Attempt of Biden to Cancel Student Loan Debt Halted by Federal Court

Once again, a federal court has temporarily halted the U.S. Department of Education’s to the attempt of biden to cancel student loans debt.

 Federal Court Halted the Attempt of Biden to Cancel Student Loan Debt

Two conservative organizations have petitioned a federal court to halt the Attempt by Biden to Cancel Student Loan Debt of $39 billion for over 800,000 borrowers. Filed in Michigan, the lawsuit asserts that the administration exceeded its authority by announcing the debt forgiveness in July, shortly after the Supreme Court invalidated a broader cancellation initiative advocated by President Joe Biden, according to ABC News.

Introduced in November 2022, the rule aimed to meet a directive in the Higher Education Act, where the education secretary must identify notable school-related wrongdoing for loan cancellation. The court ruling stems from a challenge by for-profit entities, the Career Colleges, and Schools of Texas, against a Department of Education rule affecting multiple facets, including defenses for federal student loan non-repayment. It requests a court to declare the cancellation unlawful and halt its execution by the Education Department until the case is resolved. The Education Department criticizes the lawsuit, seeing it as a last effort by conservative organizations to keep many borrowers in debt. The New Civil Liberties Alliance filed the case on behalf of the Mackinac Center for Public Policy and the Cato Institute.

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Federal Court Halted the Attempt of Biden to Cancel Student Loan Debt – Photo by: (

More About the Attempt by Biden to Cancel Student Loan Debt

The department has gone far beyond its authority. It’s acting like Congress by allowing borrowers to ask for loan forgiveness, even though Congress only allowed them to have defenses. Normally, a legal claim is about asserting a right, but in loans, the lender has the right to be repaid, and the borrower must repay. So, a borrower’s claim for forgiveness doesn’t make sense it’s like trying to avoid repaying instead of standing up for a right.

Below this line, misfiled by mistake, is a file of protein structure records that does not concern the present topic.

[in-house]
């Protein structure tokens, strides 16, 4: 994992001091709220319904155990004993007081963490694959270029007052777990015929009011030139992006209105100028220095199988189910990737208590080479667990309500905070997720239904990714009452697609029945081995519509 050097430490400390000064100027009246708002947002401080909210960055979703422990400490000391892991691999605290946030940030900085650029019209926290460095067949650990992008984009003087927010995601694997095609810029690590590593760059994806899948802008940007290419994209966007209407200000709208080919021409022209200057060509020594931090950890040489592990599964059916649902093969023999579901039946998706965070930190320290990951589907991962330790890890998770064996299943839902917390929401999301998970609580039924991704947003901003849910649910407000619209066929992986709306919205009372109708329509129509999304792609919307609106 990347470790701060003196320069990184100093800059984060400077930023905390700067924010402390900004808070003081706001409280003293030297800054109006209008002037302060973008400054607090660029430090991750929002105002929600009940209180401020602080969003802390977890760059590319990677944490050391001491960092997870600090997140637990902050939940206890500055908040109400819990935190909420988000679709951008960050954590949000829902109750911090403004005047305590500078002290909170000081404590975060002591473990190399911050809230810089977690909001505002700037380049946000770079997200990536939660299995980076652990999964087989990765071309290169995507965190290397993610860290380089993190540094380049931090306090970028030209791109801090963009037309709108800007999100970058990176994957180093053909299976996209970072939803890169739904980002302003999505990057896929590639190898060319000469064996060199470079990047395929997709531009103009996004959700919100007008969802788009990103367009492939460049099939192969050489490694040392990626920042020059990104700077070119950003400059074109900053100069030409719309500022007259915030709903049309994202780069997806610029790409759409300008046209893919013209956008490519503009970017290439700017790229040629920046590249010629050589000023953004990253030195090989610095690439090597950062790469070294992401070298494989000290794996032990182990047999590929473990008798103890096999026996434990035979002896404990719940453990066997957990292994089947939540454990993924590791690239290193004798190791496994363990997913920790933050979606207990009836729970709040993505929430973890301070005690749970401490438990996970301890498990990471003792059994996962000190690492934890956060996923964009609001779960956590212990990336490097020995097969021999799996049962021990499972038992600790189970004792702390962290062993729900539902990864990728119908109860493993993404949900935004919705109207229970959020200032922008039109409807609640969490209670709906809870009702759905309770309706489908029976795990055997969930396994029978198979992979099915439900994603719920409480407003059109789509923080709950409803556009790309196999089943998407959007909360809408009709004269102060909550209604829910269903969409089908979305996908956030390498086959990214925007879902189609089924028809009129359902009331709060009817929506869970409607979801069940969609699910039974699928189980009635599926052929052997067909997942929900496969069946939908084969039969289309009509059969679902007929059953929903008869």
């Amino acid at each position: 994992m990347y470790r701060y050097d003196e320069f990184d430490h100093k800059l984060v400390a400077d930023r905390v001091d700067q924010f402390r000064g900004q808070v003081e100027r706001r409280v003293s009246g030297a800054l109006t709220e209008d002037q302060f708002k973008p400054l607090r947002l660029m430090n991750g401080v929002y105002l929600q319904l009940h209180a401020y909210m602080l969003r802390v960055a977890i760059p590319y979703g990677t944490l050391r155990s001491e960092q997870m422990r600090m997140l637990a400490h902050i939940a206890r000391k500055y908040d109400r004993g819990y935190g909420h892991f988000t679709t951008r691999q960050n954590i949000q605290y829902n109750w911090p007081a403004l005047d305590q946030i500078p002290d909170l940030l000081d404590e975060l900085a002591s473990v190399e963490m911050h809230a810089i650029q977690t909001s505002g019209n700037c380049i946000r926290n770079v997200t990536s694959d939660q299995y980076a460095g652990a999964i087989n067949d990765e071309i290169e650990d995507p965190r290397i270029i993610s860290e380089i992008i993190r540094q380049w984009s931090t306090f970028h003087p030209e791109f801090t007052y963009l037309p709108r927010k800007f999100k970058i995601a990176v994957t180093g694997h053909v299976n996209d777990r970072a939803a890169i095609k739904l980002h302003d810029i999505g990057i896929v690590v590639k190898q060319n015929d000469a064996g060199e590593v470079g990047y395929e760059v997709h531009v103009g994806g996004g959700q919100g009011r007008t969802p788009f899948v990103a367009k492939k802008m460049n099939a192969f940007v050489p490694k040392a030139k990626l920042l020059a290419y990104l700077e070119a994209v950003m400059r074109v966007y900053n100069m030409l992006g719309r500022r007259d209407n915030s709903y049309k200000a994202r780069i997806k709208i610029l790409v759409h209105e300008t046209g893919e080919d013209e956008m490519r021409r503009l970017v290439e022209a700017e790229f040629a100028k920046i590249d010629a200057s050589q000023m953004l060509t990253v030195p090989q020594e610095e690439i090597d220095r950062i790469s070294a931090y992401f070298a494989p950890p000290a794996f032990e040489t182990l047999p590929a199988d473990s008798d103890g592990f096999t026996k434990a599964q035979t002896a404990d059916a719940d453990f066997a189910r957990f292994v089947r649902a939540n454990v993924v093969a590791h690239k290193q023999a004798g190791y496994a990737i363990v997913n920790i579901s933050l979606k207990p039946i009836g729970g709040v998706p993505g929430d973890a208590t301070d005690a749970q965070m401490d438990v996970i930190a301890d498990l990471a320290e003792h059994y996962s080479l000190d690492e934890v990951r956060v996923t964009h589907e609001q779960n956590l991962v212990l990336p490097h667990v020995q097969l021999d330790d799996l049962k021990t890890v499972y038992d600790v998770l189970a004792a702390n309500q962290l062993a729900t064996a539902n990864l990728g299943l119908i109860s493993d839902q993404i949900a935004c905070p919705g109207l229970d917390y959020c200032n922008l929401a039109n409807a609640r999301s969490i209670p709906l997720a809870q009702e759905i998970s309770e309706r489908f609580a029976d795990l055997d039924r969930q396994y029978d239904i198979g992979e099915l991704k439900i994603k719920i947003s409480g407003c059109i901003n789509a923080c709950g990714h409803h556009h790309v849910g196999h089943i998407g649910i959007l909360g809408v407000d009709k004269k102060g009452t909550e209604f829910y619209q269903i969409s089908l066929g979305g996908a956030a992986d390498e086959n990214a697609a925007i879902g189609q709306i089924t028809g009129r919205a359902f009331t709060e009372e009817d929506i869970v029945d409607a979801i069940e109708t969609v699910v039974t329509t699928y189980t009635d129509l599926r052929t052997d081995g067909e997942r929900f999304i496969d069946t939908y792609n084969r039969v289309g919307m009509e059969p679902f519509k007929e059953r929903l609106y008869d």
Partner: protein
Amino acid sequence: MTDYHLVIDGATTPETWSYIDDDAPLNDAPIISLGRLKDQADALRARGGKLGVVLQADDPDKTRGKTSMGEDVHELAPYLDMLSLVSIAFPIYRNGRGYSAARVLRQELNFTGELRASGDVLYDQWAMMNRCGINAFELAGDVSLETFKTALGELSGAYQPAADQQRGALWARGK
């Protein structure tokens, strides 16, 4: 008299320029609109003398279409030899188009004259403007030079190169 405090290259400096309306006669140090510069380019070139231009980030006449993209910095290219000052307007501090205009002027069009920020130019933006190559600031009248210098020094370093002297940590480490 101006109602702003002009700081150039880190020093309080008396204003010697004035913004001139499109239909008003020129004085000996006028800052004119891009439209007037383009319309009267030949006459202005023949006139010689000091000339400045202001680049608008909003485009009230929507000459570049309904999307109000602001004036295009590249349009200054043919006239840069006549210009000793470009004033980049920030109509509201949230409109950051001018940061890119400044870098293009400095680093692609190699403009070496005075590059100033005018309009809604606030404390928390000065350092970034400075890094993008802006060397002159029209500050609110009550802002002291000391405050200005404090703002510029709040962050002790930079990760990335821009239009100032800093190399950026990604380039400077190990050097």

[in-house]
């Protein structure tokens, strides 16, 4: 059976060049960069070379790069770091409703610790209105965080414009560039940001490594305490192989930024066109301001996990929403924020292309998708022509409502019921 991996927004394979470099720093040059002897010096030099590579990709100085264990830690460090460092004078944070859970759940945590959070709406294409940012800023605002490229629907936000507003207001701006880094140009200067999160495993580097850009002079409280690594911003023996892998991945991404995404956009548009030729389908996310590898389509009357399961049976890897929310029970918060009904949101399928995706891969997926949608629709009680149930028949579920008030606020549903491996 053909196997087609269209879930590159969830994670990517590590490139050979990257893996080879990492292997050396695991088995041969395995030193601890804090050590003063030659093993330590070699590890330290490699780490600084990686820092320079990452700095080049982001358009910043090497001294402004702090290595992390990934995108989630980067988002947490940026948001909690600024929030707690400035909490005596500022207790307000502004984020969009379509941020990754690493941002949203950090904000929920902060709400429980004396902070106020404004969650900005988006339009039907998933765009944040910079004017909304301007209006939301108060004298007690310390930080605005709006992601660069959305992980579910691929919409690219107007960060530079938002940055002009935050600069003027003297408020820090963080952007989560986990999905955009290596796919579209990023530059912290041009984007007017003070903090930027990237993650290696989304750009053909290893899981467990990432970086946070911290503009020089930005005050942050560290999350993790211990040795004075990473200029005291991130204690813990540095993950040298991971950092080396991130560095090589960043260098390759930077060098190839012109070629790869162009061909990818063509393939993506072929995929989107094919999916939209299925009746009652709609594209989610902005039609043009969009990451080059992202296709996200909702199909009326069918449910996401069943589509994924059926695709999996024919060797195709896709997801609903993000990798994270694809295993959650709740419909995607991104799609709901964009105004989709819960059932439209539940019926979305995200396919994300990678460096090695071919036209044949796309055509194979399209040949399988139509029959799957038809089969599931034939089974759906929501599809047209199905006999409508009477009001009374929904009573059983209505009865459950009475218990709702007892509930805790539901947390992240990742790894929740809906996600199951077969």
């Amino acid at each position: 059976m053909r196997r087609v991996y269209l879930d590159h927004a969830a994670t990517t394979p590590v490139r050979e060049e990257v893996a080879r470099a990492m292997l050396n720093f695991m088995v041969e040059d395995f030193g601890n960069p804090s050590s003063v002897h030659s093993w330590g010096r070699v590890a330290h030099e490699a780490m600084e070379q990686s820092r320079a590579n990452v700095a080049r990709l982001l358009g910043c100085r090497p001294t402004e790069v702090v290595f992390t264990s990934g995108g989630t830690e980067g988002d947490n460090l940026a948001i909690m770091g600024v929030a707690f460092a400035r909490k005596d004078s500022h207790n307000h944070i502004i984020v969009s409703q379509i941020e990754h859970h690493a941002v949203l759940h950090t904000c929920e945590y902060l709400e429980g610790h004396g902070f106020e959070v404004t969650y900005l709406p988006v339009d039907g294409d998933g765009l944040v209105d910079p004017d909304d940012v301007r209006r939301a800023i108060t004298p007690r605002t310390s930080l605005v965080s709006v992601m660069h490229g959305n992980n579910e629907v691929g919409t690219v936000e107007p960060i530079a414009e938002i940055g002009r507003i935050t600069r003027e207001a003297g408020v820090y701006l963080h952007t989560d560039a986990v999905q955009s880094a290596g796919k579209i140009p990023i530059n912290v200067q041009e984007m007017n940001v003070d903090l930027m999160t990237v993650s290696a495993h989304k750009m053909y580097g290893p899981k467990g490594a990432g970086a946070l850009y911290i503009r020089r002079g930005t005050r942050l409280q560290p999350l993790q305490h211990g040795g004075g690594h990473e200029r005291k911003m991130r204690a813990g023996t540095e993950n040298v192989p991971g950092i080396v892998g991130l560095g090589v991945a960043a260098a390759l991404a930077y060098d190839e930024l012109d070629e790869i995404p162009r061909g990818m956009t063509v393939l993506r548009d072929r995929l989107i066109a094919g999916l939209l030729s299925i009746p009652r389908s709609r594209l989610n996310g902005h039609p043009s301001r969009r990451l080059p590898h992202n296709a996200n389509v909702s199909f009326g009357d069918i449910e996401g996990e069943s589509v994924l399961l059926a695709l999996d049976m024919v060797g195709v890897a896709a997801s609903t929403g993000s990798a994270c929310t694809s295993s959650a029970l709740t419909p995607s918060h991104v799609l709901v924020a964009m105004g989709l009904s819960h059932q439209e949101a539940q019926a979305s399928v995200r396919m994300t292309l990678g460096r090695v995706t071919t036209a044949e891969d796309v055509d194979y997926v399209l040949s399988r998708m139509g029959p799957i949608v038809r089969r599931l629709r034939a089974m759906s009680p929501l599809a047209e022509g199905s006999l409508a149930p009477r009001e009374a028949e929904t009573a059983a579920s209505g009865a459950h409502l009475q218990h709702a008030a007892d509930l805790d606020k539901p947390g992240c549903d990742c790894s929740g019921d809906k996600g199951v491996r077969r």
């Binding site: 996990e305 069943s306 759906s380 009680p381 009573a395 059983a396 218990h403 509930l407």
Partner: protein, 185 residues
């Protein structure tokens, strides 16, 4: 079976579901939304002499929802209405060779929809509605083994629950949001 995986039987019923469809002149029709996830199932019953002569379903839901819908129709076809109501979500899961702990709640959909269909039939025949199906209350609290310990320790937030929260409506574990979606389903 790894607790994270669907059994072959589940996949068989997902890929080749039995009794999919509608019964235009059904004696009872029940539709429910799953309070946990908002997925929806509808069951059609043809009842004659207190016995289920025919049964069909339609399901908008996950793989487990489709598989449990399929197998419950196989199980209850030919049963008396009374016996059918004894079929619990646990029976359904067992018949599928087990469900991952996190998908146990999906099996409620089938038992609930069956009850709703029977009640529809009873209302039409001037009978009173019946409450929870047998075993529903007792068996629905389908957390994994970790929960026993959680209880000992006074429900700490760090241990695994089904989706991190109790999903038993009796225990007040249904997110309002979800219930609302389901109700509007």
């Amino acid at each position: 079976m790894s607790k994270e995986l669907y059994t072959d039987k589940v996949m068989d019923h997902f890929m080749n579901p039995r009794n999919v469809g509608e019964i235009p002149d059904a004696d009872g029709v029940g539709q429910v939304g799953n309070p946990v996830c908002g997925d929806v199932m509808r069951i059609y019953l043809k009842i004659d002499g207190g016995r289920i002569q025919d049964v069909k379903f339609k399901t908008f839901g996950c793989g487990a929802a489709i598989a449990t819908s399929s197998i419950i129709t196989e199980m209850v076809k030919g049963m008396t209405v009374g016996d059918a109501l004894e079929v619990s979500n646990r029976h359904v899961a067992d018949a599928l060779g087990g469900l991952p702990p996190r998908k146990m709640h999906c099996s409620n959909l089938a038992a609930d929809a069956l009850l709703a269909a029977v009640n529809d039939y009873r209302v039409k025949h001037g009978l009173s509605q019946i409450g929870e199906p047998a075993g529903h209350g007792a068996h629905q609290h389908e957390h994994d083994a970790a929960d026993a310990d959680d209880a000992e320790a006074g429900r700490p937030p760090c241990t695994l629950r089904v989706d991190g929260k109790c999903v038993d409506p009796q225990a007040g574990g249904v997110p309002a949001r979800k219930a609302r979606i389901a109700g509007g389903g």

The plaintiffs are trying to prevent the new rule from being used. They say the rule goes beyond what the Higher Education Act allows and breaks both the Constitution and the Administrative Procedure Act, which is the law that says how government agencies can make rules. In simpler terms, they’re saying that both the content of the rules and the way they were made are against the law.

On July 14, the Biden administration revealed its intention to forgive loans for 804,000 borrowers in income-driven repayment plans. These plans had initially promised Biden to Cancel Student Loan Debt after 20 or 25 years of payments, but mistakes in previous management led to incorrect payment counts, hindering borrowers’ journey towards forgiveness, according to the department. This is a beginning stage in the legal process, and it looks positive. The same group of three judges will listen to the case again in November. After that, they will make a final decision about the case. The initial sign from the 5th Circuit is that, as we’ve seen before, the Biden administration has gone way beyond what it’s allowed to do.

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